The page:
Hall effect due to the Lorentz force

 

Hole-mediated conductance. Positive Hall effect.

Ni, Co (fcc), Cu, Ag, Au, Al, Pt, Mg, Pd, Gd, Tb

Positive exchange or Positive V_Hall0

Negative exchange or Negative V_Hall0

Electrons-mediated conductance. Negative Hall effect

Fe, FeCo (bcc), Ta, Ru, Cr, Rh, W, V

Positive exchange or Positive V_Hall0

Negative exchange or Negative V_Hall0

 

 

 

 

 

 

 

 

 

 

 

 

 

 

 

 

 

 

 

 

 

 

 

 

 

 

 


Anomalous Hall effect due to the spin-dependent scatterings

 

Anomalous Hall effect & Ordinary Hall effect:

The Anomalous Hall effect describes describes the fact that a change can be accumulated at the edges of a metallic wire when a magnetic field is applied perpendicularly to the drift spin-polarized current.

Spin Hall effect:

The Spin Hall effect describes the fact that spin may be accumulated at the edges of a metallic wire when spin-unpolarized drift current flows in the wire.

Inverse Spin Hall effect:

The Inverse Spin Hall effect describes the fact that the spin may be accumulated at the edges of a metallic wire when diffusive spin current flows in the wire.

 

The effects which are originated by spin-dependent scatterings

The effective electrical field, which is induced by the defect, is shown by the green arrows. The electrical field induces the spin-orbit interaction. The direction of the effective magnetic field of the spin-orbit interaction is different for electrons scattered into the left and into the right. This makes different the probabilities of scattering into the left and into the right.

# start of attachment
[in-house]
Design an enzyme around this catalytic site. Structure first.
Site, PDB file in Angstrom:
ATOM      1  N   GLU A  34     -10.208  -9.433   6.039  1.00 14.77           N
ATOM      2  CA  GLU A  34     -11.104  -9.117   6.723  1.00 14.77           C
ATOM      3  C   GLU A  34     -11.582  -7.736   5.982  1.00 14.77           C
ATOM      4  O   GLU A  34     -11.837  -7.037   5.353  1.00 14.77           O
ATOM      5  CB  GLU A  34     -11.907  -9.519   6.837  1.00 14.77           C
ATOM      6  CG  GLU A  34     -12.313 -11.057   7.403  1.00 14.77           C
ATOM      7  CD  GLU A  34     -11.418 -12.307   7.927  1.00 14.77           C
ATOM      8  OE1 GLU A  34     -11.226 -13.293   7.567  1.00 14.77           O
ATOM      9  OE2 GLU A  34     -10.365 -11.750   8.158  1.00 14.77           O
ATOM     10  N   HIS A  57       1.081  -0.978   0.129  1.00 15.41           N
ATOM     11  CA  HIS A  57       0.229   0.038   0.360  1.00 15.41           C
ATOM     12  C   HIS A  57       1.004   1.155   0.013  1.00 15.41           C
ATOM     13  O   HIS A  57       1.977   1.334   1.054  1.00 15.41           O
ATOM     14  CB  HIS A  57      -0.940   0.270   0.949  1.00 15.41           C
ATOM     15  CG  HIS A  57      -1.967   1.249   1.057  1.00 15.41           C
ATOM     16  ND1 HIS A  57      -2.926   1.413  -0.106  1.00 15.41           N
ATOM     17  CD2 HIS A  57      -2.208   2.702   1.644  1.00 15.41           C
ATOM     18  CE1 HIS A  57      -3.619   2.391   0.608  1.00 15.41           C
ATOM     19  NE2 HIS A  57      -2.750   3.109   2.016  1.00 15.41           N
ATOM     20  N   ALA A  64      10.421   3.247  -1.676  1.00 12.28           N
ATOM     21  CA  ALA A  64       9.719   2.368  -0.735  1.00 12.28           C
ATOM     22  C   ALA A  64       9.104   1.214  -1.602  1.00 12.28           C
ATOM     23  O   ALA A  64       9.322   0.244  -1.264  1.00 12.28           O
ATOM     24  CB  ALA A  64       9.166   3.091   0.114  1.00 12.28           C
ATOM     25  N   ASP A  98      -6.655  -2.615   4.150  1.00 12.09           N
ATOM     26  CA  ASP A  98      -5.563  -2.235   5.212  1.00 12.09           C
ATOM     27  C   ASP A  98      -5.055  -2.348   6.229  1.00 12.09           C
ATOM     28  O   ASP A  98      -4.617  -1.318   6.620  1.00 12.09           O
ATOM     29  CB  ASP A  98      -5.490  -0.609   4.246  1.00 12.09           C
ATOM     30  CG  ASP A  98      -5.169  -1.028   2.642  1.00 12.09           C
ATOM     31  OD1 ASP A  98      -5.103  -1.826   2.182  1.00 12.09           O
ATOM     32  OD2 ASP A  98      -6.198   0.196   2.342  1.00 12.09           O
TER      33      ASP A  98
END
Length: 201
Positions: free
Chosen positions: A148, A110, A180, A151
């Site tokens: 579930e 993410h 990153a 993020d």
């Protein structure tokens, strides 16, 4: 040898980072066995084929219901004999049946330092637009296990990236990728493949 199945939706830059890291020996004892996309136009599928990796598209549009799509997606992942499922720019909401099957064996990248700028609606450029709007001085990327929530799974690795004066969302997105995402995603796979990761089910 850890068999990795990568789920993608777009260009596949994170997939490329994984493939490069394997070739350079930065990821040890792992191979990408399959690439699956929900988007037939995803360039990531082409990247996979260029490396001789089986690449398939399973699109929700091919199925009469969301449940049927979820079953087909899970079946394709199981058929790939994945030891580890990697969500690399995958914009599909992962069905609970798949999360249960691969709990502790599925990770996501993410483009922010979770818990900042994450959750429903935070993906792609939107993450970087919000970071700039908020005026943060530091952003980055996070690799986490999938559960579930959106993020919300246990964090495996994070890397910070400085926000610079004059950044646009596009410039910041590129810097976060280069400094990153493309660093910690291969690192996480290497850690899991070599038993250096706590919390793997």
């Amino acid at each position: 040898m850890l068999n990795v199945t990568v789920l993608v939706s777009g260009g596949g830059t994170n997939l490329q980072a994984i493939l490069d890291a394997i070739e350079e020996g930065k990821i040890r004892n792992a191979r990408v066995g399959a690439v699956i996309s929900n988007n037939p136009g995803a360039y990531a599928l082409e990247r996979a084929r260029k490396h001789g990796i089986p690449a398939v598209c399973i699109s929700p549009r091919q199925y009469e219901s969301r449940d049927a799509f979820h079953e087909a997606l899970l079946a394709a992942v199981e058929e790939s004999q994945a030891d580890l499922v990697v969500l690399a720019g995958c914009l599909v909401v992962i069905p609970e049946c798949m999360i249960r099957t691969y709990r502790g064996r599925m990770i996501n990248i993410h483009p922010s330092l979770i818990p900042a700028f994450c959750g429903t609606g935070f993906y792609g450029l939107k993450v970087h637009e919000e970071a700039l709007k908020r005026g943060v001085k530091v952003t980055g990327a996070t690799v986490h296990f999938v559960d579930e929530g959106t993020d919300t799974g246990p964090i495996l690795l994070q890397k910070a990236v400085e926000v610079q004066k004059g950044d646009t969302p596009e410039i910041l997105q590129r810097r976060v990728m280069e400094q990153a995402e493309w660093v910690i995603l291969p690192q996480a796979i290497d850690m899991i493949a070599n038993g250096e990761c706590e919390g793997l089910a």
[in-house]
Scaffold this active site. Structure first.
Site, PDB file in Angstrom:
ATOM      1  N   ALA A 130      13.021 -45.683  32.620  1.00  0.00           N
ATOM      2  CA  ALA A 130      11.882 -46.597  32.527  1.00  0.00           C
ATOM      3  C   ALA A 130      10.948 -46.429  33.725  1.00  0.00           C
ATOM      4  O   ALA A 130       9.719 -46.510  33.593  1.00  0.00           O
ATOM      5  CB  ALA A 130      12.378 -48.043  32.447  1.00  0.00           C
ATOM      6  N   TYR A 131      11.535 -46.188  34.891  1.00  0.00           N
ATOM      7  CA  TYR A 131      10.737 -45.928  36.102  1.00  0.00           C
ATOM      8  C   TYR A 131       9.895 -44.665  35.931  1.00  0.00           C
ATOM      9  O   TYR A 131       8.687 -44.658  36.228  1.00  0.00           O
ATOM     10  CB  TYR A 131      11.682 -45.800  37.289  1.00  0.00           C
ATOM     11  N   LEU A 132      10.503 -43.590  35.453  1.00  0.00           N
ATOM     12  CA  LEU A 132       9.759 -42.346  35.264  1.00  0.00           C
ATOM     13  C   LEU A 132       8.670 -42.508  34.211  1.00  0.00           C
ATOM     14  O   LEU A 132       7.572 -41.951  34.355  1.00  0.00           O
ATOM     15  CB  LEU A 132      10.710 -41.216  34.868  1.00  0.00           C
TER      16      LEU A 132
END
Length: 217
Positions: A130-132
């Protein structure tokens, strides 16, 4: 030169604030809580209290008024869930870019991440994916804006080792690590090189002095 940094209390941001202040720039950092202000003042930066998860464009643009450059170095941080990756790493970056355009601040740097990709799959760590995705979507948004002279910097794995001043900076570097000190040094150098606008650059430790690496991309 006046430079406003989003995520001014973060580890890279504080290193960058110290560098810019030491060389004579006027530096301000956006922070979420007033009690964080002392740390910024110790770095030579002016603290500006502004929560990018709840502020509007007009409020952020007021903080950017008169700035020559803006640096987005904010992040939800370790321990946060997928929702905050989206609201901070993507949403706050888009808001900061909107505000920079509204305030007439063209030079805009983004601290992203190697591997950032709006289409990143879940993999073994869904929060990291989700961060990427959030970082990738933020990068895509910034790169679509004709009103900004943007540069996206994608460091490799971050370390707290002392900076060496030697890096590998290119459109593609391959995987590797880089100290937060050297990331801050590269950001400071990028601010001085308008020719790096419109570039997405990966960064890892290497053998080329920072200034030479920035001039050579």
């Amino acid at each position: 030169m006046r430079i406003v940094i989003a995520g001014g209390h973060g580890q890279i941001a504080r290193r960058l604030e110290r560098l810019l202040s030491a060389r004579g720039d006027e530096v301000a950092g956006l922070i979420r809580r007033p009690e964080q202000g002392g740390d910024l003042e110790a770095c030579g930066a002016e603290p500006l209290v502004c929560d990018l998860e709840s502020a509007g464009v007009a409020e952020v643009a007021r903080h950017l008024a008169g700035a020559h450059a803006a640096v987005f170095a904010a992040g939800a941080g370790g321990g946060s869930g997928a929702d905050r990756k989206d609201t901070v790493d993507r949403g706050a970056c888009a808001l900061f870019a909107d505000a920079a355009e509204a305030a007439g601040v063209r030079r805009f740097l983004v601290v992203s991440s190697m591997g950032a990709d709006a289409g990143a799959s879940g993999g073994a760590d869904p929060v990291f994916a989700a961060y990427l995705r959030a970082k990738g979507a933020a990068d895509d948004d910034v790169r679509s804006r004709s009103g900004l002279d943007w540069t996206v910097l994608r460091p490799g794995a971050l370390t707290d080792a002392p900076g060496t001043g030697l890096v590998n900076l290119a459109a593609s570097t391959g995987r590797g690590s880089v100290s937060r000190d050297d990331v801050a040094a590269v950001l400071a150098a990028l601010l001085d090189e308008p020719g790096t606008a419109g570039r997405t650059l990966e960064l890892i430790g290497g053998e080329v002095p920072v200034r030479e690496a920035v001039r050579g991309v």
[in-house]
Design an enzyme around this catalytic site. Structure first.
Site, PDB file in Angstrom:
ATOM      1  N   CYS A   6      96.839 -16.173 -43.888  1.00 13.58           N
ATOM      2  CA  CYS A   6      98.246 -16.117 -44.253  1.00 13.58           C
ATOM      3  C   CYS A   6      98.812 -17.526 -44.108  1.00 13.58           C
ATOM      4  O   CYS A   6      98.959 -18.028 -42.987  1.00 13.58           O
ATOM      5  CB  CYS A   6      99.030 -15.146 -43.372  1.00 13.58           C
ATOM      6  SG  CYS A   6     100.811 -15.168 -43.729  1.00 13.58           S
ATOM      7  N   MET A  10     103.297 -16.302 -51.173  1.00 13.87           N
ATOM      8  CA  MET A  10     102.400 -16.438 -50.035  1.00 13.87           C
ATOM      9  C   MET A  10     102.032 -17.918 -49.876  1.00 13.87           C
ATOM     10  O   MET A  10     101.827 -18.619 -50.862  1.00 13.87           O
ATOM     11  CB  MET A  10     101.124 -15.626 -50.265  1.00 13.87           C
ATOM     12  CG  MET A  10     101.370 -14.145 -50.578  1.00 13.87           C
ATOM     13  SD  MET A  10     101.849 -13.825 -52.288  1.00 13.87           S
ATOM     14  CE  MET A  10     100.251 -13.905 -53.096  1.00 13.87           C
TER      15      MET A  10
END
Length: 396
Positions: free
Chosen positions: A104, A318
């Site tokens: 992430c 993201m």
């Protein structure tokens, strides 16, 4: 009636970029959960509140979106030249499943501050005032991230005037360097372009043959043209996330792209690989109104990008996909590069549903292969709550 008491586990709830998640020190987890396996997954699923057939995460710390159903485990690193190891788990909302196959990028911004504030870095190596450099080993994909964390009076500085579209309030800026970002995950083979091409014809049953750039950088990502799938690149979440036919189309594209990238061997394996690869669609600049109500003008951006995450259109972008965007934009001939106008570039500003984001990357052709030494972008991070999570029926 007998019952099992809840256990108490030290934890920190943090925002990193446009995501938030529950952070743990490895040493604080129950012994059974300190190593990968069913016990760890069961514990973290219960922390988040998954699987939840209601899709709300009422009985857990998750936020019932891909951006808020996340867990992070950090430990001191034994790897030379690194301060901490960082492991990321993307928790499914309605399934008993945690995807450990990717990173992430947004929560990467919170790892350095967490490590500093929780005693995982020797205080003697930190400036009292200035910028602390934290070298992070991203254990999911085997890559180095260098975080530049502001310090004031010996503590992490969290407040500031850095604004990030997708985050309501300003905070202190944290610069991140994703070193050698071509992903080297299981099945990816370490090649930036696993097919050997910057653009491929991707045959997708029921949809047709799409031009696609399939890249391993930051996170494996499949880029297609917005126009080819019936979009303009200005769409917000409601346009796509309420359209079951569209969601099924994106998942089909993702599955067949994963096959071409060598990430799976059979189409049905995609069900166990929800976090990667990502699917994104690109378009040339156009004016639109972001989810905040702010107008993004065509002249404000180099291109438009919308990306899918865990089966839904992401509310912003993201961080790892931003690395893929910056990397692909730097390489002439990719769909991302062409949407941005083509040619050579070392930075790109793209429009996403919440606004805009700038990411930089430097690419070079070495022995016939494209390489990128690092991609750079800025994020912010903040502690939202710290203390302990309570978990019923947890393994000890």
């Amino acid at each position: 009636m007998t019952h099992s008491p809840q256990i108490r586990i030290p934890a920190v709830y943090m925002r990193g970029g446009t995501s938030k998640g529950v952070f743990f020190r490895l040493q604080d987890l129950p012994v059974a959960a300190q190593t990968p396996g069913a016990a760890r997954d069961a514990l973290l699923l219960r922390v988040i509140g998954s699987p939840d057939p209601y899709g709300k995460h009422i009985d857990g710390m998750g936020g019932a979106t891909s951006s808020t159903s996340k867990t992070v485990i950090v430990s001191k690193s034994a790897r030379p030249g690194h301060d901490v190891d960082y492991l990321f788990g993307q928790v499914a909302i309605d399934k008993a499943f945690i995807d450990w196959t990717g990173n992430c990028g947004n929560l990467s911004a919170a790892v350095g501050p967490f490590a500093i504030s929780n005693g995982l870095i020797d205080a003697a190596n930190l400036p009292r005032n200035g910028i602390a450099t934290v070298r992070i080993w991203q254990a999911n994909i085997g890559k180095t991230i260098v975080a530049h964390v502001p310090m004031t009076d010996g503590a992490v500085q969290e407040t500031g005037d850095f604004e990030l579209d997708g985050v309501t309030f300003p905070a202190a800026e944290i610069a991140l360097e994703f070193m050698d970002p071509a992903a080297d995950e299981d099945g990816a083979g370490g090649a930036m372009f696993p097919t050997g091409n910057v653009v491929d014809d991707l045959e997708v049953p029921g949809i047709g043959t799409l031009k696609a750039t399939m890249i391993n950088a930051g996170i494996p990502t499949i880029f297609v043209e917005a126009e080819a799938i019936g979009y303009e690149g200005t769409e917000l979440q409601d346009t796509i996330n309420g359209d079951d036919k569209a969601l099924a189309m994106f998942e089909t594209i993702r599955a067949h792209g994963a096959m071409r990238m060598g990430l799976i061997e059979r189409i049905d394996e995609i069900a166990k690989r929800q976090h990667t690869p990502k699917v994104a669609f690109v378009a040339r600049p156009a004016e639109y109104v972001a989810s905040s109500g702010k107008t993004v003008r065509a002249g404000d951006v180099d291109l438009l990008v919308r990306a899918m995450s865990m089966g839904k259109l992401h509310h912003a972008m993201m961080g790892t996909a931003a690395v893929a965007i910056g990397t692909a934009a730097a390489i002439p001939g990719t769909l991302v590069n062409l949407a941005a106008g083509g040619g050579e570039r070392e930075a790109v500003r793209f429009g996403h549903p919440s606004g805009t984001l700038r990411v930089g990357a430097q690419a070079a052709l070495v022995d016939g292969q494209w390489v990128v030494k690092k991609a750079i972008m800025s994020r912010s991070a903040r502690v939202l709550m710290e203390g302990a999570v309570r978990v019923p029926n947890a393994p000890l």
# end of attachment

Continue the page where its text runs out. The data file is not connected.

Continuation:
Anomalous Hall effect

The charge is accumulated, when a spin-polarized drift current flows

click here or on picture to enlarge it

Spin Hall effect

The spin is accumulated, when a spin-unpolarized drift current flows

click here or on picture to enlarge it or another version

Inverse Spin Hall effect

The charge (and spin) is accumulated, when a spin diffusion current flows.

click here or on picture to enlarge it

Under an applied voltage the drift current flows in the metal wire. When the metal is ferromagnetic, the drift current is spin-polarized. Therefore, there are more electrons with spin directed up. It causes more electrons be scattered into the left than into into the right. This is the reason for the charge accumulation at the right side of the wire. Under an applied voltage the drift current flows in the non-magnetic metal wire. The drift current is spin-unpolarized and the electrons have spin in any direction with an equal probability. Since the probability to be scattered to the left is higher for electrons with spin directed up and the probability to be scattered to the right is higher for There is a region of spin accumulation at backside of the wire. The diffusive spin current flows from the region of a higher spin accumulation to the region of a lower spin accumulation. This means that spin polarized electrons (spin directed up (TIA assembly)) flow from back to front of the wire. In the opposite direction the spin-unpolarized electrons (spin directed in all directions (TIS assembly)) flow. The scattering probability of spin-up electrons into the right is higher. This is the reason for the charge accumulation at the left side of the wire.